Monthly Archives: April 2016

Them Unicorns

And in the spirit he carried me away to a great, high mountain and showed me the holy city Jerusalem coming down out of heaven from God.  I saw no temple in the city, for its temple is the Lord God the Almighty and the Lamb. And the city has no need of sun or moon to shine on it, for the glory of God is its light, and its lamp is the Lamb. The nations will walk by its light, and the kings of the earth will bring their glory into it. Its gates will never be shut by day–and there will be no night there. People will bring into it the glory and the honor of the nations.  But nothing unclean will enter it, nor anyone who practices abomination or falsehood, but only those who are written in the Lamb’s book of life. Then the angel showed me the river of the water of life, bright as crystal, flowing from the throne of God and of the Lamb through the middle of the street of the city. On either side of the river is the tree of life with its twelve kinds of fruit, producing its fruit each month; and the leaves of the tree are for the healing of the nations. Nothing accursed will be found there anymore. But the throne of God and of the Lamb will be in it, and his servants will worship him; they will see his face, and his name will be on their foreheads. And there will be no more night; they need no light of lamp or sun, for the Lord God will be their light, and they will reign forever and ever.         Revelation 21:10, 22-22:5

Lately there has been a great deal of us and them rhetoric.  You hear it in the arguments over what restroom transgendered people should use; you also hear it in discussions about illegal immigrants, and sometimes even when we discuss immigrants in general.  Us and them distinctions show up when we talk about terrorists, even though the United States has suffered more from domestic terrorism than we have from foreign terrorism.  Us and them are distinctions that allow us to separate our friends from our enemies, our familiars from the strangers, and our own people from the outsiders.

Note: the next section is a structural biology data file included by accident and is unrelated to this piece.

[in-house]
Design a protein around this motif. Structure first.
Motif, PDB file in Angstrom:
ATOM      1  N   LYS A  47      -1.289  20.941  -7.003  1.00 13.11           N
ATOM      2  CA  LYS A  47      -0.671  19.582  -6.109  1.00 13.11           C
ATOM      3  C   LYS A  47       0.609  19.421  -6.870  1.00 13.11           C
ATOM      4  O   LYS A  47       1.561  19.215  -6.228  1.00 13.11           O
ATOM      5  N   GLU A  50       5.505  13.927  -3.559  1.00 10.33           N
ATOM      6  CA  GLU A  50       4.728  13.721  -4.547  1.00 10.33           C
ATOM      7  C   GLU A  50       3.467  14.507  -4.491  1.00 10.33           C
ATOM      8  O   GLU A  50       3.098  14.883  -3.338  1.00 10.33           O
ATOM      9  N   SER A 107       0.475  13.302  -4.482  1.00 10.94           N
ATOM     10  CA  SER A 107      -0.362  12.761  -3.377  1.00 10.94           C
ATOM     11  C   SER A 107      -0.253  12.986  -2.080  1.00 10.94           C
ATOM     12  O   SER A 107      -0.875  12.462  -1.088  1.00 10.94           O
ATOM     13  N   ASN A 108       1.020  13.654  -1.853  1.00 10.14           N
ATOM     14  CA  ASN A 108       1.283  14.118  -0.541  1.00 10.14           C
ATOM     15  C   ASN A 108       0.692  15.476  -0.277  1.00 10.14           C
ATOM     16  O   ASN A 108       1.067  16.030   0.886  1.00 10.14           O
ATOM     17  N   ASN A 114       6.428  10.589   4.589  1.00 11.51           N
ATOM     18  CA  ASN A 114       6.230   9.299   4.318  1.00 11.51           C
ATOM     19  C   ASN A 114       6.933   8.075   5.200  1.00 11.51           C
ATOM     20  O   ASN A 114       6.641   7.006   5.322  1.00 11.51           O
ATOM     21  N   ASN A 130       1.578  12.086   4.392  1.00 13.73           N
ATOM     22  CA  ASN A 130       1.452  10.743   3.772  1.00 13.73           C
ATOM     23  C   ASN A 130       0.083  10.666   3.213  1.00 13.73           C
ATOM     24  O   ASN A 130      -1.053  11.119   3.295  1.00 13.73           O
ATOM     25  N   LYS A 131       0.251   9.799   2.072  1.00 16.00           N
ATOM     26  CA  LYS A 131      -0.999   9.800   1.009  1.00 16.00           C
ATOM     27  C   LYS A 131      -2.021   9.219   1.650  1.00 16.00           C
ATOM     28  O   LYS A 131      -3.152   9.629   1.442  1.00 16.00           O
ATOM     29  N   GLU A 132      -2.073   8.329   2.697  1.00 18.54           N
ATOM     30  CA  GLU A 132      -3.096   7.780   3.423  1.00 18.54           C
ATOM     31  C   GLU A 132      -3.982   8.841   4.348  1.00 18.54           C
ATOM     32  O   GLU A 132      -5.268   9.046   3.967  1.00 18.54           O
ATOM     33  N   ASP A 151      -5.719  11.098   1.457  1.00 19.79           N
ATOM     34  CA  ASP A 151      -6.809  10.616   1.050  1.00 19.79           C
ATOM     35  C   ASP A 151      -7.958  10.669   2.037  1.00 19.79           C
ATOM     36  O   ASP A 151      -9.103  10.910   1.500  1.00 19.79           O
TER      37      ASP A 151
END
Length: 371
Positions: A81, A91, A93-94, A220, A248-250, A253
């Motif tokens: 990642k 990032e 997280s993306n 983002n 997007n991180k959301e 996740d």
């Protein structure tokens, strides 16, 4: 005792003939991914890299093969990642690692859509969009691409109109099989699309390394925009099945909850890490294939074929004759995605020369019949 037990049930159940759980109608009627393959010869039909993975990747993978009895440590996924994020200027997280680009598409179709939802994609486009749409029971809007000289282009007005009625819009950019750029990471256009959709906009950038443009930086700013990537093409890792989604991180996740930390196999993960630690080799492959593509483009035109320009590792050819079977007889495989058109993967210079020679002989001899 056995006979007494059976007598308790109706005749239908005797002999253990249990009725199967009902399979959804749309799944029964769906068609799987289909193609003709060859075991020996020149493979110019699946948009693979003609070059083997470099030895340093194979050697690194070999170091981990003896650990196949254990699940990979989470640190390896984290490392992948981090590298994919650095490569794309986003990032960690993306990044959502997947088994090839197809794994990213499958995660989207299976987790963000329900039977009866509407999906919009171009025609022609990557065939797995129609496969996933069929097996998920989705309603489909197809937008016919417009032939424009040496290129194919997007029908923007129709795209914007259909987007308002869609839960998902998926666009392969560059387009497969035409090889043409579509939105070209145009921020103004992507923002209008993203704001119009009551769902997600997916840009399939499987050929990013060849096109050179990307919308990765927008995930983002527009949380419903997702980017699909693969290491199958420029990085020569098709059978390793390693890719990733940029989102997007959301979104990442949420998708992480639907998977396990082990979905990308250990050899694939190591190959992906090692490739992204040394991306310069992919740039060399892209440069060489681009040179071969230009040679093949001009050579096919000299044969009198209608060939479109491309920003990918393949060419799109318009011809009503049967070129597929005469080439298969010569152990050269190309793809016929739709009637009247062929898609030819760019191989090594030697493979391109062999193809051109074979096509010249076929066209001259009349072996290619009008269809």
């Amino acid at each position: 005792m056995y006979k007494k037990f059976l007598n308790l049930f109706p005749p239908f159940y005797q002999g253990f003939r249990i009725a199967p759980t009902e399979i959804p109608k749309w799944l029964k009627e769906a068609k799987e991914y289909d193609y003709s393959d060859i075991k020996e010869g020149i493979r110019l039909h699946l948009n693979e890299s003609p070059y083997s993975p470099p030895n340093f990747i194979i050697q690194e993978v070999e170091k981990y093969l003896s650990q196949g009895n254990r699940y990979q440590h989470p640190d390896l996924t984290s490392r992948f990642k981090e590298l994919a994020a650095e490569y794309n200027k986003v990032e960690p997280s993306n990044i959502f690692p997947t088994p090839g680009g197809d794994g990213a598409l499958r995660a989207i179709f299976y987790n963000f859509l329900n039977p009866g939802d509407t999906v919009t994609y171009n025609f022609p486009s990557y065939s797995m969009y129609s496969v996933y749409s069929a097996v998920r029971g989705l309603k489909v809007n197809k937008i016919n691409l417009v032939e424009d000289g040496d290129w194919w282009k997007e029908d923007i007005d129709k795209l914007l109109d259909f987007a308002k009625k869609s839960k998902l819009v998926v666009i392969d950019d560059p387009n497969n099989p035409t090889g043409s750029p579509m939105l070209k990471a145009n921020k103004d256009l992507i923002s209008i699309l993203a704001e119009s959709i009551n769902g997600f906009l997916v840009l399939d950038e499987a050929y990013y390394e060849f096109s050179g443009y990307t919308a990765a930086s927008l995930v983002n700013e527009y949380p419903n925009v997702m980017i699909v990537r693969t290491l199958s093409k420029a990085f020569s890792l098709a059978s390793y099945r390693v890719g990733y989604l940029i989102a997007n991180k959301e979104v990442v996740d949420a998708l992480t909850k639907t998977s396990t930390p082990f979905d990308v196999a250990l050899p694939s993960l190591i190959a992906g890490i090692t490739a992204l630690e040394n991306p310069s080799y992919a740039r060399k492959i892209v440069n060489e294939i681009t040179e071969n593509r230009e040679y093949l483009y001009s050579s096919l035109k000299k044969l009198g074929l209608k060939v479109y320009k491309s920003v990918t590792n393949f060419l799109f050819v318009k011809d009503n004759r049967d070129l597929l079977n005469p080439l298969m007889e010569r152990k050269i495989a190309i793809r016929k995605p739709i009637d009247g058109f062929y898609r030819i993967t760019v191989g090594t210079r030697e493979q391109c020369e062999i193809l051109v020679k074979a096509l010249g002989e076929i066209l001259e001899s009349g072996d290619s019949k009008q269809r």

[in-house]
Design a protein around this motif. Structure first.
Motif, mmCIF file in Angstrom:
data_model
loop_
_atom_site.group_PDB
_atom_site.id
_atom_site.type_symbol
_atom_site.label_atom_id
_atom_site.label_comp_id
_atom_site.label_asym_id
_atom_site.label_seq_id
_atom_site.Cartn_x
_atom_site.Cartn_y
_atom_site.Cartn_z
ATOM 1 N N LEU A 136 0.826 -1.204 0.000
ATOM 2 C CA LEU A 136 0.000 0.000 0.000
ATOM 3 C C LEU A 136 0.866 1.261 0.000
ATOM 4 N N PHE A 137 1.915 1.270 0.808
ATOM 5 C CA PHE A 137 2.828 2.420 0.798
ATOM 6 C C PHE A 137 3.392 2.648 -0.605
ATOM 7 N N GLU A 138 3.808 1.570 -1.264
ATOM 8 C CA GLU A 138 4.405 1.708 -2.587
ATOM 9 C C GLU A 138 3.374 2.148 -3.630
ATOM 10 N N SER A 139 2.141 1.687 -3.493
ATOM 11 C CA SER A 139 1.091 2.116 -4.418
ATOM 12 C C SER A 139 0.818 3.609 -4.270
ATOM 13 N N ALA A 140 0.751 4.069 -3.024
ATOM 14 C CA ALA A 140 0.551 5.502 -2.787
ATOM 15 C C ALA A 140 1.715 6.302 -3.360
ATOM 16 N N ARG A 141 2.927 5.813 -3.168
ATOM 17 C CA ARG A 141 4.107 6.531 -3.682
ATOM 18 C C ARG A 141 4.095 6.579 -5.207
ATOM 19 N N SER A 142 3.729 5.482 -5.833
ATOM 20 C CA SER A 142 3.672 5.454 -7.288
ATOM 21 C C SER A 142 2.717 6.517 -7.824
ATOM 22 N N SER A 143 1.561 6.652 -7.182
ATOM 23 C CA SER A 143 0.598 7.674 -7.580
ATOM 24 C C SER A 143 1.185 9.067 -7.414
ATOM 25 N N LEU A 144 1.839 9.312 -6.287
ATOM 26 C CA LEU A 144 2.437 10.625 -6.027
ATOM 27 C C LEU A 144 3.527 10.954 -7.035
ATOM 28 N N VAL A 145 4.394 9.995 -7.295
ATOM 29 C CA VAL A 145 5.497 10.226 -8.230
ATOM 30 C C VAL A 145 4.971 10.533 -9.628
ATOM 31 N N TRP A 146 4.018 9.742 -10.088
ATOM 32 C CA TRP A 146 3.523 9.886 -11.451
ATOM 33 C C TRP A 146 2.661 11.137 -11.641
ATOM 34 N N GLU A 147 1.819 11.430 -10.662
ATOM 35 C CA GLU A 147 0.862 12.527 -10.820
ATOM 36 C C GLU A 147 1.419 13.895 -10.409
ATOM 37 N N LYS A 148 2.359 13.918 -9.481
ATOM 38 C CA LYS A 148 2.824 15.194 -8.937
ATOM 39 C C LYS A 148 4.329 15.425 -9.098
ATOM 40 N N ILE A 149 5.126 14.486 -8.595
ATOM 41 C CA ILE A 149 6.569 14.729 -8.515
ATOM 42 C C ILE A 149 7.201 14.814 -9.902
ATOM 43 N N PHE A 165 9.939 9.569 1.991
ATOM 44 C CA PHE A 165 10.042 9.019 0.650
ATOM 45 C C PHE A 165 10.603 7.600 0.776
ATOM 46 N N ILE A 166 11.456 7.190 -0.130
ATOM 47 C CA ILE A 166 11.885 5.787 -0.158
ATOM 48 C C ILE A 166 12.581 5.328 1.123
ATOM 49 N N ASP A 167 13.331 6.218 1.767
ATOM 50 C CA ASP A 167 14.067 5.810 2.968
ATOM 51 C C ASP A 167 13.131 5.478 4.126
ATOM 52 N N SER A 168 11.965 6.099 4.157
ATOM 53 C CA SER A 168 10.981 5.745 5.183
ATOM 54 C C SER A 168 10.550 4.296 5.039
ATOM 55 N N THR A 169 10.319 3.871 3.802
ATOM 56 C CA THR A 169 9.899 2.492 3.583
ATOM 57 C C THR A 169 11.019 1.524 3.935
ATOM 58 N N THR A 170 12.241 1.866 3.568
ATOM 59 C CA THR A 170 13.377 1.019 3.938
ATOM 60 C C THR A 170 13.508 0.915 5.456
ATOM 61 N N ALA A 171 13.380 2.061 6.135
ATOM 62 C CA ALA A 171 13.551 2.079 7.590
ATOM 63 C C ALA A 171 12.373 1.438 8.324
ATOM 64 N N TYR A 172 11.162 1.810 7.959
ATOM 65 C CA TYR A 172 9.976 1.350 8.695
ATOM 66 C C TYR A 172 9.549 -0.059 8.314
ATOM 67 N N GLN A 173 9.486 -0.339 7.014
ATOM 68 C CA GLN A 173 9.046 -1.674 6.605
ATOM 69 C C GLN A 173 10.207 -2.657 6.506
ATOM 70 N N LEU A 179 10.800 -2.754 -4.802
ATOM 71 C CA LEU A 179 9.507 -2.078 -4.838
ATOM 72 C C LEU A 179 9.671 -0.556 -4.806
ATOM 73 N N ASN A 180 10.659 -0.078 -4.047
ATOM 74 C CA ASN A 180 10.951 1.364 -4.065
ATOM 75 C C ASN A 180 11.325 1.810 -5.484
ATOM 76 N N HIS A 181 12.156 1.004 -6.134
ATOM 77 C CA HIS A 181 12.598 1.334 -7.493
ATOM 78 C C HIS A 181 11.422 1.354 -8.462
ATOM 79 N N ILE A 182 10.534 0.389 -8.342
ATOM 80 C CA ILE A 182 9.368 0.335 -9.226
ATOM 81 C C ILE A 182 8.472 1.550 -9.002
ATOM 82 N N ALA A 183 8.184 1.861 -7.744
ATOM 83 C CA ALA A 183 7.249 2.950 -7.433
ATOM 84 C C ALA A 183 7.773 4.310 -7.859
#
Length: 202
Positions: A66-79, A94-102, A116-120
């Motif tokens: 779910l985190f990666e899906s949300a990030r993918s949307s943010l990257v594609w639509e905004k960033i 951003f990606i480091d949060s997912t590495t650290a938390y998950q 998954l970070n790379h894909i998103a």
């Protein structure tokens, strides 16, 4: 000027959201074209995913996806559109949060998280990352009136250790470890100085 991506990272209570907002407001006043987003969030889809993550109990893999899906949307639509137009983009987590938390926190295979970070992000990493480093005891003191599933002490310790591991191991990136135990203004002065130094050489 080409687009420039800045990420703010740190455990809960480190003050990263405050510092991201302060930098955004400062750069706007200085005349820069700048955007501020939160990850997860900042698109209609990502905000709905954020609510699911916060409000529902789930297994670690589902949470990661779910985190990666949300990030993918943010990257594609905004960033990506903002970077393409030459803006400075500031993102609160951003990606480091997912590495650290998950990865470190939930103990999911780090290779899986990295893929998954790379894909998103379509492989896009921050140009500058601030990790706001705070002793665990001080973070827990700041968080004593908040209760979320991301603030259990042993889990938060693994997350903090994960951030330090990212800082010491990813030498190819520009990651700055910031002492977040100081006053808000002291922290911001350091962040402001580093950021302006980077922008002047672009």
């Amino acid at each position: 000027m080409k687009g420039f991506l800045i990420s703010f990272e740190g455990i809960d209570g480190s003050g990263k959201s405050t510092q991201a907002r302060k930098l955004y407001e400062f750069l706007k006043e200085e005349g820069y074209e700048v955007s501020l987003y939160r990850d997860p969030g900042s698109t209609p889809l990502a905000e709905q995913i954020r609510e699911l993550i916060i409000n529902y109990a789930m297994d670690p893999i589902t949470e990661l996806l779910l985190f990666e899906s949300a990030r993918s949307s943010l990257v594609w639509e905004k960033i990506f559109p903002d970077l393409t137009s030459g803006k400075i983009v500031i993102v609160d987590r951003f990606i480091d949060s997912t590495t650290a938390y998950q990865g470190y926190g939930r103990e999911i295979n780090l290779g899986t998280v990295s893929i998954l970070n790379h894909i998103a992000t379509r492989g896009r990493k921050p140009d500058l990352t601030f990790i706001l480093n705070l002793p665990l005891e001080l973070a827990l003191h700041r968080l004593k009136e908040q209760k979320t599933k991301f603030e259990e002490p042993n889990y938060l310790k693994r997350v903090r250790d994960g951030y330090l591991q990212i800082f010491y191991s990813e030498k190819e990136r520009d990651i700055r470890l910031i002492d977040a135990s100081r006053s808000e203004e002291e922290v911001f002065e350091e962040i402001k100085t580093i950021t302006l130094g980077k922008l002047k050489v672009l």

Maybe I should refine that statement I just made.  Us and them are distinctions that allow us to separate our supposed friends from our supposed enemies, our assumed familiars from the supposed strangers, and the people we are told are our people from the people we are told are outsiders.

Let me give you an example.

I am a trauma therapist, and many of my clients are women who have been sexually abused by men.  Most of them were abused as children, and all of them were abused by family members.  I know that some people are abused by people outside their family and even by strangers, but I have been practicing since 2005 and I have yet to work with a client whose abuser was not a family member.  For many of these women, talking about the abuse is an act of betrayal against their family.  After all, they have spent years keeping silent to protect the public image of their family; others have spent years keeping silent because revealing the abuse to another family member led to repercussions and punishment instead of assistance and rescue from their abuser.  While I do all that I can to help my clients recover from their abuse so that they can live full, joyous lives, many of them find that they continue to have a deep distrust of men, whether those men are family members or not.  These are women whose male relatives—the men in their lives who were supposed to be their protectors while they were children—violated one of our society’s biggest taboos.  Their deep distrust of men can make it difficult for my straight clients to find life partners because they are not willing to expose themselves to the risk of dating.  Many have difficulty identifying men who are ‘safe’—men who will never commit acts of physical or sexual violence against a woman because it is not in their nature.  Some of my clients have trouble believing that there is any such thing as a ‘safe’ man, as if ‘safe’ men were something like unicorns, existing only in stories but not in real life.

Then I tell them about the unicorn that I met several years ago.

My unicorn shared with me about what it means to be a member of the ‘tribe’—the tribe of people who have been sexually abused as children. The tribe has certain ways of being, certain scars that are dead giveaways to the pain and loss they have suffered.  Whenever this unicorn recognizes other members of the tribe it reveals itself and speaks the magic words: “I understand.  I was sexually abused for years.”